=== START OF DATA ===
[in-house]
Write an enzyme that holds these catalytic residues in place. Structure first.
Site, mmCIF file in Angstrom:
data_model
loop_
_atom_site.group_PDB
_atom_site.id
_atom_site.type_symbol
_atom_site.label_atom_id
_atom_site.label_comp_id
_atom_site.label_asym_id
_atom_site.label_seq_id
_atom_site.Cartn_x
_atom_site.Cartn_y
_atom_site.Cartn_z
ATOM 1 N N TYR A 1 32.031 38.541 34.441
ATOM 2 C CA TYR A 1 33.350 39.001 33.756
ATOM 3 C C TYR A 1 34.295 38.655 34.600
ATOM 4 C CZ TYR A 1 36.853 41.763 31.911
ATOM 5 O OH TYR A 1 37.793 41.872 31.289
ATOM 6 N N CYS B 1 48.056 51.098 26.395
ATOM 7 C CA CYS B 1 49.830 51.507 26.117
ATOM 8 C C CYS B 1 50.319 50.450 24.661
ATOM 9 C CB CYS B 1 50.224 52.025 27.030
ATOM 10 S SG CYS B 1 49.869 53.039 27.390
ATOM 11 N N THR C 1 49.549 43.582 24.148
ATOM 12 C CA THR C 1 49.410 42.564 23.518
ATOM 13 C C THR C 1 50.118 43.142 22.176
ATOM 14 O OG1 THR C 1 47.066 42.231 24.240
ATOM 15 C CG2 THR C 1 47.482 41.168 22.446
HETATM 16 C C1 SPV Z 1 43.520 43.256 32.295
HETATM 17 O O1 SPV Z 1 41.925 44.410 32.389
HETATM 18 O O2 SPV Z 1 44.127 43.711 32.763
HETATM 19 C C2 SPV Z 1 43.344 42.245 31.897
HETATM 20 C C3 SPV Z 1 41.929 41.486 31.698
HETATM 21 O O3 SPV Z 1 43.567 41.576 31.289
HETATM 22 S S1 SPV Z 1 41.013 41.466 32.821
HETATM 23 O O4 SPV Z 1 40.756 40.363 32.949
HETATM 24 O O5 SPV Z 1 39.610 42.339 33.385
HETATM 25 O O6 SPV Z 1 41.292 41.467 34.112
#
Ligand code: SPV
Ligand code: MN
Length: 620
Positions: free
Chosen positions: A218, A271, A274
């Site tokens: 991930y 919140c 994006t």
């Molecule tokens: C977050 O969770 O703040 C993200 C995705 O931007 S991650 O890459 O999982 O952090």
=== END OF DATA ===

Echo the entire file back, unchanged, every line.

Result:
[in-house]
Write an enzyme that holds these catalytic residues in place. Structure first.
Site, mmCIF file in Angstrom:
data_model
loop_
_atom_site.group_PDB
_atom_site.id
_atom_site.type_symbol
_atom_site.label_atom_id
_atom_site.label_comp_id
_atom_site.label_asym_id
_atom_site.label_seq_id
_atom_site.Cartn_x
_atom_site.Cartn_y
_atom_site.Cartn_z
ATOM 1 N N TYR A 1 32.031 38.541 34.441
ATOM 2 C CA TYR A 1 33.350 39.001 33.756
ATOM 3 C C TYR A 1 34.295 38.655 34.600
ATOM 4 C CZ TYR A 1 36.853 41.763 31.911
ATOM 5 O OH TYR A 1 37.793 41.872 31.289
ATOM 6 N N CYS B 1 48.056 51.098 26.395
ATOM 7 C CA CYS B 1 49.830 51.507 26.117
ATOM 8 C C CYS B 1 50.319 50.450 24.661
ATOM 9 C CB CYS B 1 50.224 52.025 27.030
ATOM 10 S SG CYS B 1 49.869 53.039 27.390
ATOM 11 N N THR C 1 49.549 43.582 24.148
ATOM 12 C CA THR C 1 49.410 42.564 23.518
ATOM 13 C C THR C 1 50.118 43.142 22.176
ATOM 14 O OG1 THR C 1 47.066 42.231 24.240
ATOM 15 C CG2 THR C 1 47.482 41.168 22.446
HETATM 16 C C1 SPV Z 1 43.520 43.256 32.295
HETATM 17 O O1 SPV Z 1 41.925 44.410 32.389
HETATM 18 O O2 SPV Z 1 44.127 43.711 32.763
HETATM 19 C C2 SPV Z 1 43.344 42.245 31.897
HETATM 20 C C3 SPV Z 1 41.929 41.486 31.698
HETATM 21 O O3 SPV Z 1 43.567 41.576 31.289
HETATM 22 S S1 SPV Z 1 41.013 41.466 32.821
HETATM 23 O O4 SPV Z 1 40.756 40.363 32.949
HETATM 24 O O5 SPV Z 1 39.610 42.339 33.385
HETATM 25 O O6 SPV Z 1 41.292 41.467 34.112
#
Ligand code: SPV
Ligand code: MN
Length: 620
Positions: free
Chosen positions: A218, A271, A274
């Site tokens: 991930y 919140c 994006t």
């Molecule tokens: C977050 O969770 O703040 C993200 C995705 O931007 S991650 O890459 O999982 O952090």